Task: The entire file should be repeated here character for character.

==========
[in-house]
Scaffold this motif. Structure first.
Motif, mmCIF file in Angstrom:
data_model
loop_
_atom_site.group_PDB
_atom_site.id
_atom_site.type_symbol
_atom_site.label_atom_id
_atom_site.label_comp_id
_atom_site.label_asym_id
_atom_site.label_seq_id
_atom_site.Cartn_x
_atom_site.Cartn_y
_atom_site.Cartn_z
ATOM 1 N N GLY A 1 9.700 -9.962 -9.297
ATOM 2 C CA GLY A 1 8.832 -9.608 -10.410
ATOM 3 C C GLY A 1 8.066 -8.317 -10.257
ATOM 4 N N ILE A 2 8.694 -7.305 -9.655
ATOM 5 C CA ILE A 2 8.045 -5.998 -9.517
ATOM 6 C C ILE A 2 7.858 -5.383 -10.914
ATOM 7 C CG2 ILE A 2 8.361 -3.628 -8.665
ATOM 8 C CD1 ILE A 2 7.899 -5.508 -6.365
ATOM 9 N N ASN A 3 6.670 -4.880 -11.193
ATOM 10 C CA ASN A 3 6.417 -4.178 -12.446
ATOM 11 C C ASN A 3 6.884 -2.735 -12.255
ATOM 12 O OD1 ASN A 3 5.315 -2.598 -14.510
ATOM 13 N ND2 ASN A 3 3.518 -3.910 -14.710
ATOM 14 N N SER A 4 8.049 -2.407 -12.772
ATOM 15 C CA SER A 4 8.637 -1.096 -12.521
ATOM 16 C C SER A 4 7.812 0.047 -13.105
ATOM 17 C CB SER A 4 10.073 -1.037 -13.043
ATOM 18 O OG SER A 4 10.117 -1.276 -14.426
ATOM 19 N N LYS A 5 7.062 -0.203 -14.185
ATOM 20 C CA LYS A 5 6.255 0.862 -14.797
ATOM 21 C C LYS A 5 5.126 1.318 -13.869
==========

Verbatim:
[in-house]
Scaffold this motif. Structure first.
Motif, mmCIF file in Angstrom:
data_model
loop_
_atom_site.group_PDB
_atom_site.id
_atom_site.type_symbol
_atom_site.label_atom_id
_atom_site.label_comp_id
_atom_site.label_asym_id
_atom_site.label_seq_id
_atom_site.Cartn_x
_atom_site.Cartn_y
_atom_site.Cartn_z
ATOM 1 N N GLY A 1 9.700 -9.962 -9.297
ATOM 2 C CA GLY A 1 8.832 -9.608 -10.410
ATOM 3 C C GLY A 1 8.066 -8.317 -10.257
ATOM 4 N N ILE A 2 8.694 -7.305 -9.655
ATOM 5 C CA ILE A 2 8.045 -5.998 -9.517
ATOM 6 C C ILE A 2 7.858 -5.383 -10.914
ATOM 7 C CG2 ILE A 2 8.361 -3.628 -8.665
ATOM 8 C CD1 ILE A 2 7.899 -5.508 -6.365
ATOM 9 N N ASN A 3 6.670 -4.880 -11.193
ATOM 10 C CA ASN A 3 6.417 -4.178 -12.446
ATOM 11 C C ASN A 3 6.884 -2.735 -12.255
ATOM 12 O OD1 ASN A 3 5.315 -2.598 -14.510
ATOM 13 N ND2 ASN A 3 3.518 -3.910 -14.710
ATOM 14 N N SER A 4 8.049 -2.407 -12.772
ATOM 15 C CA SER A 4 8.637 -1.096 -12.521
ATOM 16 C C SER A 4 7.812 0.047 -13.105
ATOM 17 C CB SER A 4 10.073 -1.037 -13.043
ATOM 18 O OG SER A 4 10.117 -1.276 -14.426
ATOM 19 N N LYS A 5 7.062 -0.203 -14.185
ATOM 20 C CA LYS A 5 6.255 0.862 -14.797
ATOM 21 C C LYS A 5 5.126 1.318 -13.869